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@Hodgman Why do you refer to it as SIMD instead of SIMT?  To me SIMT is more accurate.

As far as your C++ version goes either as mentioned before don't allocate the arrays on the stack (use the heap or dare I say it globals) or increase the size of the stack.

Also as alluded to by my reply to Hodgman, GPU's are SIMT not SIMD its similar but not the same.  Also the number of registers should have no bearing on whether you can or cannot implement your algorithm although it will affect performance.

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10 hours ago, Infinisearch said:

@Hodgman Why do you refer to it as SIMD instead of SIMT?  To me SIMT is more accurate.

Because I'm imprecise when I talk most of the time :D There's not too much difference between them. You're right though.
Shader code is SIMD if your thread-group size matches the hardware vector instruction width. If your thread-group size is bigger then it's SIMT as the GPU is juggling multiple thread-groups at the same time (something akin to "hyperthreading").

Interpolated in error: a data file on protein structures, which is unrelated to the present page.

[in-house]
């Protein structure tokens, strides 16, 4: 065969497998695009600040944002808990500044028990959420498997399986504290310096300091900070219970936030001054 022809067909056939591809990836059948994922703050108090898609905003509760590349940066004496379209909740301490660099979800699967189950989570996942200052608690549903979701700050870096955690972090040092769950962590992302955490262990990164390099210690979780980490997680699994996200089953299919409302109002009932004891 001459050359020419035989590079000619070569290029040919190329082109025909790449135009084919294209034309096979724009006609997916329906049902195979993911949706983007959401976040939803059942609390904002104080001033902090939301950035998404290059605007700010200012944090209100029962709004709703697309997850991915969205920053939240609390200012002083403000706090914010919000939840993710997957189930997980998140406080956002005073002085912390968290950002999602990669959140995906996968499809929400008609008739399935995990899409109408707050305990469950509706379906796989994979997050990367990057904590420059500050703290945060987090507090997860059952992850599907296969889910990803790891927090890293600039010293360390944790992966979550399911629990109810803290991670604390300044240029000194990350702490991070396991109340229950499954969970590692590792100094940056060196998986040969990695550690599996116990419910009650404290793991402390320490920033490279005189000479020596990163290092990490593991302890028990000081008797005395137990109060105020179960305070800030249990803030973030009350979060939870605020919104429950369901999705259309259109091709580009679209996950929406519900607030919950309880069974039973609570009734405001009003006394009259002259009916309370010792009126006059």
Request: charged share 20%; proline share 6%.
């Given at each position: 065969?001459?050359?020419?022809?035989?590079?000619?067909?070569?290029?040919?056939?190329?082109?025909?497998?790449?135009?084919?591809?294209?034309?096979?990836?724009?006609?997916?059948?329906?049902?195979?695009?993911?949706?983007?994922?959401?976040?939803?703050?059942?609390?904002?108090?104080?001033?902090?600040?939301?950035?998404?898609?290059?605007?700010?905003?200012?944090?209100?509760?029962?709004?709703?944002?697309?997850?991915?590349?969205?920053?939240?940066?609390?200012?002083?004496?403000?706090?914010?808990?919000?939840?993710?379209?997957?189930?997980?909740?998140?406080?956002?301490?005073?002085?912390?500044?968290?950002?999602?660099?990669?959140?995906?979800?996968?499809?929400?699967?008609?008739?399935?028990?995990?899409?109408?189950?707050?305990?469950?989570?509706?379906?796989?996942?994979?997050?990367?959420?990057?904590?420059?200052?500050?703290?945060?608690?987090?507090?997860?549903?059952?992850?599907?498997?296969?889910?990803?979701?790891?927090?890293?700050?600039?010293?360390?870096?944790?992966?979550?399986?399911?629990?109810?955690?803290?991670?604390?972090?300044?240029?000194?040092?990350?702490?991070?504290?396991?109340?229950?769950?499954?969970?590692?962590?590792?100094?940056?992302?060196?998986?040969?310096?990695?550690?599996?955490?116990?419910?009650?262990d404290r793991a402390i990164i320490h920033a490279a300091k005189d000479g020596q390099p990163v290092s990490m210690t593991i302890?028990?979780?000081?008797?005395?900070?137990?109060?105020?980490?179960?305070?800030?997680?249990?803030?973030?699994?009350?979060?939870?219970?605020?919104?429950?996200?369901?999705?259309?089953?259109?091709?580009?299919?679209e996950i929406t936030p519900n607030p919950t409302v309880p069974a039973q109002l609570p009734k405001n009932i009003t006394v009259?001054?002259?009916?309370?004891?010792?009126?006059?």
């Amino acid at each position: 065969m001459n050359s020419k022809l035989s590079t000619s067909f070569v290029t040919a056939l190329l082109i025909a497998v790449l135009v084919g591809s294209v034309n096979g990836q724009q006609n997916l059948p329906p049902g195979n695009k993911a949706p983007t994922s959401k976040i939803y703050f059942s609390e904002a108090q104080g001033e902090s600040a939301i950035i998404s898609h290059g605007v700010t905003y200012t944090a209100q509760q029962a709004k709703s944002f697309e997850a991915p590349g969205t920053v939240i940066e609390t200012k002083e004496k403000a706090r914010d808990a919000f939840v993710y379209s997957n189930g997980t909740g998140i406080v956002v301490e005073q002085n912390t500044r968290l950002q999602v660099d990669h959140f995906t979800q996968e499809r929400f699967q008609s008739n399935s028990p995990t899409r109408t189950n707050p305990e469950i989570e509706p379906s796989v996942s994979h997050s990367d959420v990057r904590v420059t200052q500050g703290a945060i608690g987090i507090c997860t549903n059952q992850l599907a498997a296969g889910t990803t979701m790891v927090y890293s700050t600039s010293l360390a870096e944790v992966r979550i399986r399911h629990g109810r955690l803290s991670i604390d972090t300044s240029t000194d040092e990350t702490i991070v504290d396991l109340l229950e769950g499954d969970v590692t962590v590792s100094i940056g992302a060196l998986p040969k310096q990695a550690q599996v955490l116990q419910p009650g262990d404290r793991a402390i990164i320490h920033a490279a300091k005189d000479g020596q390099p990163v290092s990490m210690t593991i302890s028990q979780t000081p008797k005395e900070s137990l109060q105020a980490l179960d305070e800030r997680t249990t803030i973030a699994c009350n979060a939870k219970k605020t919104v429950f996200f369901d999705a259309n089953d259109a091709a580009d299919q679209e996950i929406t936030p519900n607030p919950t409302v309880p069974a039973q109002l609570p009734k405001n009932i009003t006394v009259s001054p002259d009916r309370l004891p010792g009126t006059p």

i.e. the instruction set is SIMD, but the shader code environment built on top of that is SIMT. 

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3 hours ago, Hodgman said:

Shader code is SIMD if your thread-group size matches the hardware vector instruction width.

I don't agree with this either... SIMD doesn't allow for branch divergence, SIMT does.  You can have branch divergence within a single thread group size that matches the hardware vector instruction width.  At least thats my understanding of it.

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22 minutes ago, Infinisearch said:

I don't agree with this either... SIMD doesn't allow for branch divergence, SIMT does.  You can have branch divergence within a single thread group size that matches the hardware vector instruction width.  At least thats my understanding of it.

Many vector instruction sets offer masked operations nowadays. And with instructions like movemask you can make sure that only those branches that are in use are evaluated. So it really is more of a programming model thing than actual differences in hardware.